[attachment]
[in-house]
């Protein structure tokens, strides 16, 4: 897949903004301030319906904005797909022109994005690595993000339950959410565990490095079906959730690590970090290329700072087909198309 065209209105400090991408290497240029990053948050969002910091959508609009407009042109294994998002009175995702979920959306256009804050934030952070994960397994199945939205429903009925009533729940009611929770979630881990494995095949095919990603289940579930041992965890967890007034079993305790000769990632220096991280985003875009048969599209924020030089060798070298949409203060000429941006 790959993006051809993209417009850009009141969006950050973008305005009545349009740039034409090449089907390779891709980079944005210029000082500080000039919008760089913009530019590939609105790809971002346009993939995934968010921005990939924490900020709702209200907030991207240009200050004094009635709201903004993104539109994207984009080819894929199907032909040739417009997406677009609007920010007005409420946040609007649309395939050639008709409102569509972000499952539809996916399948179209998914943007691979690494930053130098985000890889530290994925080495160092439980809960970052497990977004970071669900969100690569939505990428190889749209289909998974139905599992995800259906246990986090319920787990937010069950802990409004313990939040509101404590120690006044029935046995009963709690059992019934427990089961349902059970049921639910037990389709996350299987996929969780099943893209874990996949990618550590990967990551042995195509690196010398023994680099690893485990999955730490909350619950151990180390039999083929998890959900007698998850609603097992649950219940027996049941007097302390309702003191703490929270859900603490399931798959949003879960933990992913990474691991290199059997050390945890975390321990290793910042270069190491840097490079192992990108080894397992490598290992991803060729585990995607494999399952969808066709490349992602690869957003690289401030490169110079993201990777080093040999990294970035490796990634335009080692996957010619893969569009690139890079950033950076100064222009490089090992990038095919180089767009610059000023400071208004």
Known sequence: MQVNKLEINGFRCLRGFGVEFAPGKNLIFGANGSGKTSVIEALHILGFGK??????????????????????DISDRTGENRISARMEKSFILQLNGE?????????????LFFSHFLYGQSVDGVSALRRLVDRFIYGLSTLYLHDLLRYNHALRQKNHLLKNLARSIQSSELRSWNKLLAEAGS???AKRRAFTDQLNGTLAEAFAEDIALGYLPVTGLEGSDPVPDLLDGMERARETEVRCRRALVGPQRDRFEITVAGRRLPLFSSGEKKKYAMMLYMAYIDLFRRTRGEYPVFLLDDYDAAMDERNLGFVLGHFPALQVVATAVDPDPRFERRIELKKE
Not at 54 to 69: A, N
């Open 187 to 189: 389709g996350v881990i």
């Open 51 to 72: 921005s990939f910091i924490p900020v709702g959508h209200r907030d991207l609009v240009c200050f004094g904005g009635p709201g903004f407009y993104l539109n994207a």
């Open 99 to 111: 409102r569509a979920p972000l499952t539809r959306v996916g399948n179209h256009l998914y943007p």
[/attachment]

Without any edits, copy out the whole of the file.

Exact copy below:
[in-house]
């Protein structure tokens, strides 16, 4: 897949903004301030319906904005797909022109994005690595993000339950959410565990490095079906959730690590970090290329700072087909198309 065209209105400090991408290497240029990053948050969002910091959508609009407009042109294994998002009175995702979920959306256009804050934030952070994960397994199945939205429903009925009533729940009611929770979630881990494995095949095919990603289940579930041992965890967890007034079993305790000769990632220096991280985003875009048969599209924020030089060798070298949409203060000429941006 790959993006051809993209417009850009009141969006950050973008305005009545349009740039034409090449089907390779891709980079944005210029000082500080000039919008760089913009530019590939609105790809971002346009993939995934968010921005990939924490900020709702209200907030991207240009200050004094009635709201903004993104539109994207984009080819894929199907032909040739417009997406677009609007920010007005409420946040609007649309395939050639008709409102569509972000499952539809996916399948179209998914943007691979690494930053130098985000890889530290994925080495160092439980809960970052497990977004970071669900969100690569939505990428190889749209289909998974139905599992995800259906246990986090319920787990937010069950802990409004313990939040509101404590120690006044029935046995009963709690059992019934427990089961349902059970049921639910037990389709996350299987996929969780099943893209874990996949990618550590990967990551042995195509690196010398023994680099690893485990999955730490909350619950151990180390039999083929998890959900007698998850609603097992649950219940027996049941007097302390309702003191703490929270859900603490399931798959949003879960933990992913990474691991290199059997050390945890975390321990290793910042270069190491840097490079192992990108080894397992490598290992991803060729585990995607494999399952969808066709490349992602690869957003690289401030490169110079993201990777080093040999990294970035490796990634335009080692996957010619893969569009690139890079950033950076100064222009490089090992990038095919180089767009610059000023400071208004």
Known sequence: MQVNKLEINGFRCLRGFGVEFAPGKNLIFGANGSGKTSVIEALHILGFGK??????????????????????DISDRTGENRISARMEKSFILQLNGE?????????????LFFSHFLYGQSVDGVSALRRLVDRFIYGLSTLYLHDLLRYNHALRQKNHLLKNLARSIQSSELRSWNKLLAEAGS???AKRRAFTDQLNGTLAEAFAEDIALGYLPVTGLEGSDPVPDLLDGMERARETEVRCRRALVGPQRDRFEITVAGRRLPLFSSGEKKKYAMMLYMAYIDLFRRTRGEYPVFLLDDYDAAMDERNLGFVLGHFPALQVVATAVDPDPRFERRIELKKE
Not at 54 to 69: A, N
């Open 187 to 189: 389709g996350v881990i």
């Open 51 to 72: 921005s990939f910091i924490p900020v709702g959508h209200r907030d991207l609009v240009c200050f004094g904005g009635p709201g903004f407009y993104l539109n994207a």
């Open 99 to 111: 409102r569509a979920p972000l499952t539809r959306v996916g399948n179209h256009l998914y943007p």